BALTIMORE (Legal Newsline) — A group of companies is suing the mayor and city council of Baltimore, alleging that they are being unfairly limited in their operations by the new Baltimore Clean Air Act.
Wheelabrator Baltimore LP, Curtis Bay Energy LP, Energy Recovery Council, National Waste & Recycling, TMS Hauling LLC filed a complaint on April 30 in the United States District Court for the District of Maryland, alleging federal Clean Air Act Preemption, Stage Conflict Preemption, State Implied Preemption, State Express Preemption and violation of due process.
The plaintiffs allege that Baltimore represented to Maryland Department of the Environment (MDE) that the plaintiff's facility was in compliance with the necessary city, state and federal permits. The suit states that the Baltimore Clean Air Act, however, threatens the plaintiffs' operations, as it prohibits the activity that is completed in the Wheelabrator and Curtis Bay facilities.
Baltimore's Clean Air Act was approved this year by the city council, and former Mayor Catherine Pugh signed it into law in March.
The act increased emissions standards for companies like Wheelabrator that burn solid waste. It threatens the company's very existence, the complaint says.
"The Act imposes extraordinary and unprecedented constraints that do not advance public health, are not science- or fact-based, and in fact are in furtherance of an agenda to close the Facilities regardless of the consequences to residents and businesses in Baltimore City and beyond," the complaint says.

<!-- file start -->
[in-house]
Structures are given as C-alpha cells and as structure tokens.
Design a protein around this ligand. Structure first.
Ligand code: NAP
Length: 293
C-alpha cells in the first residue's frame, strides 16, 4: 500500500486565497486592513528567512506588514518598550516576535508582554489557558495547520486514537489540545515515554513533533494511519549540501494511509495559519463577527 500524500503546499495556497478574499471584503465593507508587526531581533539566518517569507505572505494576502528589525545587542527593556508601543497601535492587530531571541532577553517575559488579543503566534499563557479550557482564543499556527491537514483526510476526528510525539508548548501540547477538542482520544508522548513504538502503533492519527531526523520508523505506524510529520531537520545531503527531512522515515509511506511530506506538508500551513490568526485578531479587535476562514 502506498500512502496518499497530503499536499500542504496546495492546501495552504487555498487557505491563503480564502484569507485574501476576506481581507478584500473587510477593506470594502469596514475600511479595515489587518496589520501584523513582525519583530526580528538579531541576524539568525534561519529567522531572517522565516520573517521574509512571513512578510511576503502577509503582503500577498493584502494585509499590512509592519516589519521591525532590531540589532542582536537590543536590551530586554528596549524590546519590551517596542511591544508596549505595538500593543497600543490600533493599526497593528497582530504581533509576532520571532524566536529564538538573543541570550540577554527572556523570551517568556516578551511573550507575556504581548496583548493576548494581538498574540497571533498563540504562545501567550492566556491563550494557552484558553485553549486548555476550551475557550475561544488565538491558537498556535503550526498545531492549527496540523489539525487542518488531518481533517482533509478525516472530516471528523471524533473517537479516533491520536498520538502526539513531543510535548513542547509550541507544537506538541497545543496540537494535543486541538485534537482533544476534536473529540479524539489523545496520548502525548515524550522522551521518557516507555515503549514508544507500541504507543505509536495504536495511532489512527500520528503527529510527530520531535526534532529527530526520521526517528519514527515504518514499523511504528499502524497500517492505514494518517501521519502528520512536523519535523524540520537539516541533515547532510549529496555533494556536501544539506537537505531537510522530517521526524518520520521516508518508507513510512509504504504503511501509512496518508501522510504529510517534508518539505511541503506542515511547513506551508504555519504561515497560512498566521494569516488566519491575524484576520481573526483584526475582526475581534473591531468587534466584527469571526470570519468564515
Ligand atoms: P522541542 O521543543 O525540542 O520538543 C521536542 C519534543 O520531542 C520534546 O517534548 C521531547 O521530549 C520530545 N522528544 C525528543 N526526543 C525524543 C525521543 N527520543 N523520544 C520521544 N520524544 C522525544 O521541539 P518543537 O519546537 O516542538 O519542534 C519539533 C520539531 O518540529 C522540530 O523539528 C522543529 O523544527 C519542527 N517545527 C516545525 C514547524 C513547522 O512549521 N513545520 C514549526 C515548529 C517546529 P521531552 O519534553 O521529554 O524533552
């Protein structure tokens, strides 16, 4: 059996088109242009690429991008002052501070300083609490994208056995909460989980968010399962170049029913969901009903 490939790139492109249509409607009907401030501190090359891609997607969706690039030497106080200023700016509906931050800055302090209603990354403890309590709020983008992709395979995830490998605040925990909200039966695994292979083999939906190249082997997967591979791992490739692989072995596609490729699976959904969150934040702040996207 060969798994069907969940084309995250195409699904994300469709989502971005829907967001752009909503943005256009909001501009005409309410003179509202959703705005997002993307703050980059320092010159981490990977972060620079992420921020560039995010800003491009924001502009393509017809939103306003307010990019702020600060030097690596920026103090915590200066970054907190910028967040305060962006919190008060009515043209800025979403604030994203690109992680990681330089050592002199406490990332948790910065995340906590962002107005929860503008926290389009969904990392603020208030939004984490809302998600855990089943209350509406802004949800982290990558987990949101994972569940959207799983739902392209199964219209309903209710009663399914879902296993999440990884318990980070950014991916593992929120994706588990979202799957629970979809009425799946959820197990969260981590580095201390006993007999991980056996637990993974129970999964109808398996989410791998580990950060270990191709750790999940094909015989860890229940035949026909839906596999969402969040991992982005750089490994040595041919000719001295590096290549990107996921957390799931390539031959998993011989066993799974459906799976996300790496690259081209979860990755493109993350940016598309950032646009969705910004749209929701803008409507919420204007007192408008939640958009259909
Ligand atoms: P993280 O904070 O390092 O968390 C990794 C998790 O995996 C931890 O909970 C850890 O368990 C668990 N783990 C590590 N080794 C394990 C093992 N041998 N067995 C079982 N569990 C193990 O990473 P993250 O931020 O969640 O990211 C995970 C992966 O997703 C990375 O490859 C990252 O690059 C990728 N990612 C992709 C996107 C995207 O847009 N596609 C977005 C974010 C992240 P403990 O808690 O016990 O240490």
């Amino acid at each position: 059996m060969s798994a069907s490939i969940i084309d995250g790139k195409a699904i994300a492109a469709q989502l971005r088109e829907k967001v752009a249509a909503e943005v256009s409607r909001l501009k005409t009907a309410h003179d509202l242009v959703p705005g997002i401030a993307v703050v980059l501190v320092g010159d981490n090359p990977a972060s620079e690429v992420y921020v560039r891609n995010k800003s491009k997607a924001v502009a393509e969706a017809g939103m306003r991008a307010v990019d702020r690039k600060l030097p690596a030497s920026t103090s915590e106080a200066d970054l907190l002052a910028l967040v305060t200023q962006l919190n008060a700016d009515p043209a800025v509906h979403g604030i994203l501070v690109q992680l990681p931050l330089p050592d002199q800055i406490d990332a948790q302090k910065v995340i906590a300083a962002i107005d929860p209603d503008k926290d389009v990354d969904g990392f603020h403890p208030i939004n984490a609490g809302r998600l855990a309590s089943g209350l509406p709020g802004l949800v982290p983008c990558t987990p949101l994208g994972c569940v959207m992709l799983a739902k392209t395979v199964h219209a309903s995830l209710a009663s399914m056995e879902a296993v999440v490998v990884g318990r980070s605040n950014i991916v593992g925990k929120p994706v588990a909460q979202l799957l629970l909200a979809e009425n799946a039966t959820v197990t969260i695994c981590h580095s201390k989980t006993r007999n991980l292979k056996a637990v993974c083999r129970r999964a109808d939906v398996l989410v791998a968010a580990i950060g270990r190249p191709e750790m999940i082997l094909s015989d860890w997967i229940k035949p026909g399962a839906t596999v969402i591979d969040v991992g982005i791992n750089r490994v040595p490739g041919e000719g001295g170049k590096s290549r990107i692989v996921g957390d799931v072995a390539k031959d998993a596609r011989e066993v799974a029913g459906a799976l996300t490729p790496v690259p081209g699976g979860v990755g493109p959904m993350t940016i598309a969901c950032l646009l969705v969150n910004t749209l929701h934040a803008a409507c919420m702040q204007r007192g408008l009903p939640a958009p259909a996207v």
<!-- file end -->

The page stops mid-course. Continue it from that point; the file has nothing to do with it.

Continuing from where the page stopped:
"The City acknowledges that the Act will at a minimum require the Wheelabrator Facility to close for some indeterminate period of time, and perhaps forever. The Act will also cause the Curtis Bay Facility to shut down at least temporarily to install unnecessary and financially burdensome equipment upgrades.
"This would harm the environment by restricting safe disposal capacity and impose enormous and unfair costs on the Facility Plaintiffs and more importantly, the City’s and surrounding jurisdictions’ residents and businesses."
Baltimore is increasingly environment-conscious, having also sued the energy industry for alleged effects of climate change. The city's suit mirrors others filed around the country, including three that were tossed out of court by federal judges.
The complaint is seeking damages and fees, favor declaring the Baltimore Clean Air Act to be unlawful, null and void. The plaintiffs are represented by James B. Slaughter, David Friedland, Joshua H. Van Eaton, Meghan L. Morgan, Roy D. Prather III of Beveridge & Diamond P.C. in Washington, D.C. and M. Trent Zivkovich of Whiteford in Baltimore, Taylor & Preston L.P., Michael Powell and George F. Ritchie of Gordon Feinblatt LLC in Baltimore.
United States District Court for the District of Maryland Case number 1:19-CV-01264